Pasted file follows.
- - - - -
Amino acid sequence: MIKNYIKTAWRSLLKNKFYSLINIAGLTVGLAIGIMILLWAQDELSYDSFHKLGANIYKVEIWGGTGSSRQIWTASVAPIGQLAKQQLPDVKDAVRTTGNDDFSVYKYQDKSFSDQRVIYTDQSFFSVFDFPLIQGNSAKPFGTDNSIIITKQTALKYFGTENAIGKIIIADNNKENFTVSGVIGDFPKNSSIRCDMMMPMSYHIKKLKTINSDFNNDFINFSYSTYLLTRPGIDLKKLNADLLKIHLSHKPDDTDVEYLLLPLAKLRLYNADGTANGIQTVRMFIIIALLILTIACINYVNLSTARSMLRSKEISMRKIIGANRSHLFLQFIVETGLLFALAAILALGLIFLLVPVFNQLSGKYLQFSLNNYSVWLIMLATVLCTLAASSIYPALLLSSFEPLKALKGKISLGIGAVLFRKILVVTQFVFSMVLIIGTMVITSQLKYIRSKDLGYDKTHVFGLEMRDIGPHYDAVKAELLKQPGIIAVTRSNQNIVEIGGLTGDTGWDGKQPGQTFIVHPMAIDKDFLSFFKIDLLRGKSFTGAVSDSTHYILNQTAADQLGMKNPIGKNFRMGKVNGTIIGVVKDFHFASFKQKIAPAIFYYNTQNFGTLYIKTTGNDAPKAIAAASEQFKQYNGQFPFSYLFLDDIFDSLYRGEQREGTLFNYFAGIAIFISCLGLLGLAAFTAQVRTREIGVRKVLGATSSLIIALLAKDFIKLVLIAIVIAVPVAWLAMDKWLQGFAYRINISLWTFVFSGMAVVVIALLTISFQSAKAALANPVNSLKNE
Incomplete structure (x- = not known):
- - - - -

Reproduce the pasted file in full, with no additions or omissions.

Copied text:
Amino acid sequence: MIKNYIKTAWRSLLKNKFYSLINIAGLTVGLAIGIMILLWAQDELSYDSFHKLGANIYKVEIWGGTGSSRQIWTASVAPIGQLAKQQLPDVKDAVRTTGNDDFSVYKYQDKSFSDQRVIYTDQSFFSVFDFPLIQGNSAKPFGTDNSIIITKQTALKYFGTENAIGKIIIADNNKENFTVSGVIGDFPKNSSIRCDMMMPMSYHIKKLKTINSDFNNDFINFSYSTYLLTRPGIDLKKLNADLLKIHLSHKPDDTDVEYLLLPLAKLRLYNADGTANGIQTVRMFIIIALLILTIACINYVNLSTARSMLRSKEISMRKIIGANRSHLFLQFIVETGLLFALAAILALGLIFLLVPVFNQLSGKYLQFSLNNYSVWLIMLATVLCTLAASSIYPALLLSSFEPLKALKGKISLGIGAVLFRKILVVTQFVFSMVLIIGTMVITSQLKYIRSKDLGYDKTHVFGLEMRDIGPHYDAVKAELLKQPGIIAVTRSNQNIVEIGGLTGDTGWDGKQPGQTFIVHPMAIDKDFLSFFKIDLLRGKSFTGAVSDSTHYILNQTAADQLGMKNPIGKNFRMGKVNGTIIGVVKDFHFASFKQKIAPAIFYYNTQNFGTLYIKTTGNDAPKAIAAASEQFKQYNGQFPFSYLFLDDIFDSLYRGEQREGTLFNYFAGIAIFISCLGLLGLAAFTAQVRTREIGVRKVLGATSSLIIALLAKDFIKLVLIAIVIAVPVAWLAMDKWLQGFAYRINISLWTFVFSGMAVVVIALLTISFQSAKAALANPVNSLKNE
Incomplete structure (x- = not known):